What is a Challenge CoinBy: Taylor McKnight
What is a Challenge Coin and How Does It Related to the Military
A challenge coin is a specially designed coin that is given to someone to confirm their membership in an organization or for a special achievement. They are traditionally associated with the United States Armed Forces, where they've been part of a tradition that goes back over 100 years. They can also be given out to firefighters, police officers, and other first responders to honor special accomplishments in the line of duty.
What Do Challenge Coins Represent?
In most cases, a challenge coin represents a person's membership in a branch of the United States Military. Some coins merely show that a person is a member of the military, while others might show a person's rank. Others still might be given out to celebrate an accomplishment within the military or the participation of a major military operation.
Challenge coins have also been given out by government and law enforcement agencies to first responders to honor their accomplishments in the line of duty. A firefighter or an emergency medical technician might receive a challenge coin for their quick response during a natural disaster. This was the case when the Environmental Protection Agency spent $8,500 on challenge coins to honor those who responded to the hurricanes that hit Puerto Rico and Texas in 2017. More recently, corporations have begun making challenge coins with their logos to hand out at conferences and trade shows in lieu of business cards.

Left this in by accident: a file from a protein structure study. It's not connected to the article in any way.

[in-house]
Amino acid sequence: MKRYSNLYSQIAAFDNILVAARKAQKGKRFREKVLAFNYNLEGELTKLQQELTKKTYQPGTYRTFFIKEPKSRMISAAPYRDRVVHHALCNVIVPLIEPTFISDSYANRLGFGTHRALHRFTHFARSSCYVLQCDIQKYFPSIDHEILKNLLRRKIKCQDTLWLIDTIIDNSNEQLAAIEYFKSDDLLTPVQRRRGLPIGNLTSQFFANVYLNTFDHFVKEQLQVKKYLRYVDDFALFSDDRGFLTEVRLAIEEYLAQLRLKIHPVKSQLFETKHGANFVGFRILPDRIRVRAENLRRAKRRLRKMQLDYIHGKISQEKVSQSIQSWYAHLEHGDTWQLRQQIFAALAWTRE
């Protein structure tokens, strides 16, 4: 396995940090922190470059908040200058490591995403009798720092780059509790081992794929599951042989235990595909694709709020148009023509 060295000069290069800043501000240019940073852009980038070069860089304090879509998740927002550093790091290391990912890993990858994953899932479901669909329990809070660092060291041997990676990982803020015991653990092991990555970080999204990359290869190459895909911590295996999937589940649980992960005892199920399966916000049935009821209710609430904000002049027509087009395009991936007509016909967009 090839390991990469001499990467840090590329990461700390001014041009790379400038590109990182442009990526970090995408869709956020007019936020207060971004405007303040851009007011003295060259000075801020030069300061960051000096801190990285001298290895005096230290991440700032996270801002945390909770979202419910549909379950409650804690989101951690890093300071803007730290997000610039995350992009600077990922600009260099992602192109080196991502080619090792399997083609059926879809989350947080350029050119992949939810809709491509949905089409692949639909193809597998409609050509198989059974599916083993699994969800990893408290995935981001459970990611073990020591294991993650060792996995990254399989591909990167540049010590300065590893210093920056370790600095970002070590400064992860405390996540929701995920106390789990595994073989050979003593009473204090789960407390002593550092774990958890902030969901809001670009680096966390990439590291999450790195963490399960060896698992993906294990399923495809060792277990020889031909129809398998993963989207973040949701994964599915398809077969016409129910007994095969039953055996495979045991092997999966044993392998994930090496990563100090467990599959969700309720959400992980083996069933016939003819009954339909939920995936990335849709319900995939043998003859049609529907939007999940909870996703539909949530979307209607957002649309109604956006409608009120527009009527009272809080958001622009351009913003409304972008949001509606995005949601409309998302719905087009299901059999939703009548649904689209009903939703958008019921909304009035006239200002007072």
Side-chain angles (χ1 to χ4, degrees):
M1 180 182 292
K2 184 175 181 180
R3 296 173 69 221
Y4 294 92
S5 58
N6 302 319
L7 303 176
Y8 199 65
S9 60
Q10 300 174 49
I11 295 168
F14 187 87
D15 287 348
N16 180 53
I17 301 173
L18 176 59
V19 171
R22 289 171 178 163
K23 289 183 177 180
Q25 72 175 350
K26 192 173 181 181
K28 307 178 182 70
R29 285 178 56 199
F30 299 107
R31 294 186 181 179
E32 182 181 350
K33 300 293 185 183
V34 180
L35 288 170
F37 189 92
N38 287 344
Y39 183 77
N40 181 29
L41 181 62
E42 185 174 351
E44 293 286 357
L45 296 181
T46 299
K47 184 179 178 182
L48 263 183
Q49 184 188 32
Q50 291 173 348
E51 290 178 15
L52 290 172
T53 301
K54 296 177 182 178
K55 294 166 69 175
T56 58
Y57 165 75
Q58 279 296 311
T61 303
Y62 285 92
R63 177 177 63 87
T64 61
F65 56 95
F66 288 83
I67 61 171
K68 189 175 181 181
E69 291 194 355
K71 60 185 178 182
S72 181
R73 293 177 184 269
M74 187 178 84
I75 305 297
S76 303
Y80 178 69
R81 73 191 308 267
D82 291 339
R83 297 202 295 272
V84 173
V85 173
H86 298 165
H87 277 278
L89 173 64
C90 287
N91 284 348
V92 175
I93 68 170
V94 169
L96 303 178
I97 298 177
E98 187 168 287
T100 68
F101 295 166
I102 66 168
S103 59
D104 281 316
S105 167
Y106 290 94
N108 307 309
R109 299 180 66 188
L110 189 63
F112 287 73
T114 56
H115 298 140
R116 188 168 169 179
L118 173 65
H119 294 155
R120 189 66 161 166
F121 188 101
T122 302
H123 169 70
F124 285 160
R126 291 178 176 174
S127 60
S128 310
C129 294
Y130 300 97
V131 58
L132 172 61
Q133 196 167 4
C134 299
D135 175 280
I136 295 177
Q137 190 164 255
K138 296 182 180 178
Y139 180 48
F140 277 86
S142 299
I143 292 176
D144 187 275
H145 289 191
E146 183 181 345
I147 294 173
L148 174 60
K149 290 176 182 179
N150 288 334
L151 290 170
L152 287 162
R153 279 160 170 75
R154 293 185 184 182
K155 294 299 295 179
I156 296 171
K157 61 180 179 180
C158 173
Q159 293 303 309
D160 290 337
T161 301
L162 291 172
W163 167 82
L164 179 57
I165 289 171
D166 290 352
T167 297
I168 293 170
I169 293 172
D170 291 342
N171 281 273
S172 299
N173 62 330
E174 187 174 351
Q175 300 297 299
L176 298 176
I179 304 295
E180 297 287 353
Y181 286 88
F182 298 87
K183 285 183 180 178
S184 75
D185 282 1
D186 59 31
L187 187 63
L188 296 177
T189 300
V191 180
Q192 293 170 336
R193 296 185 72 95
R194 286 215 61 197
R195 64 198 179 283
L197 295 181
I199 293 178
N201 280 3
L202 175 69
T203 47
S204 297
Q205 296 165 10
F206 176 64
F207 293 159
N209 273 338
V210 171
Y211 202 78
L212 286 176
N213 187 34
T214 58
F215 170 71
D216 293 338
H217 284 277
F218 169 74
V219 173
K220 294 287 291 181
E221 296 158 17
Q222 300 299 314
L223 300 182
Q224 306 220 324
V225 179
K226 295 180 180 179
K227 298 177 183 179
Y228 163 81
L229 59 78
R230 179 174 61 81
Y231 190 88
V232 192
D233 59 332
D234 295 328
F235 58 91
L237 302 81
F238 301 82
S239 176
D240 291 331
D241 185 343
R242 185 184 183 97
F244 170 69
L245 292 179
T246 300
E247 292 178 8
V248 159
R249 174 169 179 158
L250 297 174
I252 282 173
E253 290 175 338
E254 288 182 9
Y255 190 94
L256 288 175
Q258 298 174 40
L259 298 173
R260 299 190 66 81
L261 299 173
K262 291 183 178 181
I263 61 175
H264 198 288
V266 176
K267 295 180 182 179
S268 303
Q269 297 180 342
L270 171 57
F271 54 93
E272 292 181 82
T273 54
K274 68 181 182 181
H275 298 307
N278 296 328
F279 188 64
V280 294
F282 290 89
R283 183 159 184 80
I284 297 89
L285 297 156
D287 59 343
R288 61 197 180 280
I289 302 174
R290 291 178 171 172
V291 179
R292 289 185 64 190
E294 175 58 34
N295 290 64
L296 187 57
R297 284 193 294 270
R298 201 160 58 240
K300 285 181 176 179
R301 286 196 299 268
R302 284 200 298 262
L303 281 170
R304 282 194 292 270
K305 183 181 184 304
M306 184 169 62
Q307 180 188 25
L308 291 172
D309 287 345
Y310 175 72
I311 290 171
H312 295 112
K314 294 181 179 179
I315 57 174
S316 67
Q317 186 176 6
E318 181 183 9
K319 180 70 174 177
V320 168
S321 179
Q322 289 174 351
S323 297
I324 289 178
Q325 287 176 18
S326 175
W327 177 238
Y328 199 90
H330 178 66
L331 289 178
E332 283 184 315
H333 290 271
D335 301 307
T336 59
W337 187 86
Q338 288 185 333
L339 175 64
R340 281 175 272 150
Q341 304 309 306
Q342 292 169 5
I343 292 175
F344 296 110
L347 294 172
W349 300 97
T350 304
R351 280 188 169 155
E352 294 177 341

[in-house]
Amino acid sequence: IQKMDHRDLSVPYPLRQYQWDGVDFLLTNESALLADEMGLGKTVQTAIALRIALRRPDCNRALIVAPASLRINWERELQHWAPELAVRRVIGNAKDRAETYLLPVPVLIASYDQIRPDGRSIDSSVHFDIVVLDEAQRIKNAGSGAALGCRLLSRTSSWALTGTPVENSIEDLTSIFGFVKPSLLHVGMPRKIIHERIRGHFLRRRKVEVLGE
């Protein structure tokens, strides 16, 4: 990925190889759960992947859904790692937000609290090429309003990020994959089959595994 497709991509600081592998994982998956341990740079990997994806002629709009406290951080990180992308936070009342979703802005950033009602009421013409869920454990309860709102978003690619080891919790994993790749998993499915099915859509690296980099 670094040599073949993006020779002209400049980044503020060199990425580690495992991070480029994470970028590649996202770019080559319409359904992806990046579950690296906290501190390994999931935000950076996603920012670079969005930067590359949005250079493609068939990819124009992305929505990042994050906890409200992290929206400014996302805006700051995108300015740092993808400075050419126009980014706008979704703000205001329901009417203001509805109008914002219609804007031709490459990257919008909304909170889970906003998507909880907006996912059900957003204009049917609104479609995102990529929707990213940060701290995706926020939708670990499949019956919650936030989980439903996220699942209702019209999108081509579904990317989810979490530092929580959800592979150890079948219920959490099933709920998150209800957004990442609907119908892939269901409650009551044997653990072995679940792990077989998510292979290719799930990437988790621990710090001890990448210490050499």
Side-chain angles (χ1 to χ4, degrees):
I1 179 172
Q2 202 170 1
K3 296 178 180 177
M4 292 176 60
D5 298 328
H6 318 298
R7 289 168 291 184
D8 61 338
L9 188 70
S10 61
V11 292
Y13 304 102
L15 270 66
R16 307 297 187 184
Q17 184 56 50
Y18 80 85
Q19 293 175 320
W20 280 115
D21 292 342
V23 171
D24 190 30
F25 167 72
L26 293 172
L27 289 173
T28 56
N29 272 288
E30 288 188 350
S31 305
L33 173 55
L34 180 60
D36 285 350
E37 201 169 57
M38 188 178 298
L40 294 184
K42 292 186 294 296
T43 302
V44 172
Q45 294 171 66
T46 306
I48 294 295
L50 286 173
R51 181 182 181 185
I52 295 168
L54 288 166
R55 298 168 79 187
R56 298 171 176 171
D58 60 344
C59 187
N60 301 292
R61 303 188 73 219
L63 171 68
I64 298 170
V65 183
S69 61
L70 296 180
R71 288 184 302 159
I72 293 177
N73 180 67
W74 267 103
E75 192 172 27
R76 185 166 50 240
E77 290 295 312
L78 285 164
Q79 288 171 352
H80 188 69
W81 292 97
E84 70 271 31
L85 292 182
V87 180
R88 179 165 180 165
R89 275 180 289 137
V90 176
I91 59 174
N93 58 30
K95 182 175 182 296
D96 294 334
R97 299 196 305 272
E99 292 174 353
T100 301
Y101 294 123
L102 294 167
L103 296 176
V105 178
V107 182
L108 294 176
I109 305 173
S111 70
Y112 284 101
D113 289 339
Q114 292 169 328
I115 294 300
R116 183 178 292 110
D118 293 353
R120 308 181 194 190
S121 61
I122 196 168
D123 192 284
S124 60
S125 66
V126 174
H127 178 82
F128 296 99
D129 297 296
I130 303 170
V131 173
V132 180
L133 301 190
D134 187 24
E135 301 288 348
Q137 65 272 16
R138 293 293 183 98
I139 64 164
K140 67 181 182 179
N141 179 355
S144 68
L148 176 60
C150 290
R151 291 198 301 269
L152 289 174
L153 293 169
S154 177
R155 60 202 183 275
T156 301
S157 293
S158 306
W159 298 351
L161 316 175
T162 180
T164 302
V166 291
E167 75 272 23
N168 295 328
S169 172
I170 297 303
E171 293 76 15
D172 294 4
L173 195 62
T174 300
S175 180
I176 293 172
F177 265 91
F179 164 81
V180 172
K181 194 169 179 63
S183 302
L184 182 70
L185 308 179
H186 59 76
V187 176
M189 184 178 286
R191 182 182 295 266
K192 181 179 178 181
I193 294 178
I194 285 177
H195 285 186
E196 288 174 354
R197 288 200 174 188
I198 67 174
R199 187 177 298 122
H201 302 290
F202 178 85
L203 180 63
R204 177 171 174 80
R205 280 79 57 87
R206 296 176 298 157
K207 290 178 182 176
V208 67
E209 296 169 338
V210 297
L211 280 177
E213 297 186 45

The History of Challenge Coins
The history of challenge coins is rather difficult to discern. Some suggest that the tradition of challenge coins dates back to the Roman Empire when soldiers would be rewarded with coins bearing their legion's insignia.
As the modern American challenge coin tradition, that may have started during World War I. According to legend, the leader of a flying squadron commissioned the creation of bronze medallions that were given out to his fellow pilots. One pilot was lost behind enemy lines, where he lost everything except his medallion. He was captured by French soldiers who suspected him of being a German saboteur, but he was able to prove that he was an American pilot by showing his medallion, which contained his squadron's insignia. As the story was passed on, American soldiers began carrying similar coins as a form of identification.
The tradition of using challenge coins as identification continued through World War II and the Korean and Vietnam wars. As time went on, challenge coins became less of a means of identification and more of a way to celebrate a person's involvement in the armed forces and all that they have accomplished. Bill Clinton learned even learned about the tradition of challenge coins and began rewarding his own coins to military personnel. The tradition of the presidential challenge coin continues to this day and remains an integral part of the relationship between the president of the United States and the armed forces.
Even though it's unclear how the tradition of challenge coins began, it is still an important part of American military culture. They're a great way to honor soldiers for their service, and they will hold a special place in military tradition for years to come.
Written by Taylor McKnight, Author for Challenge Coins Ltd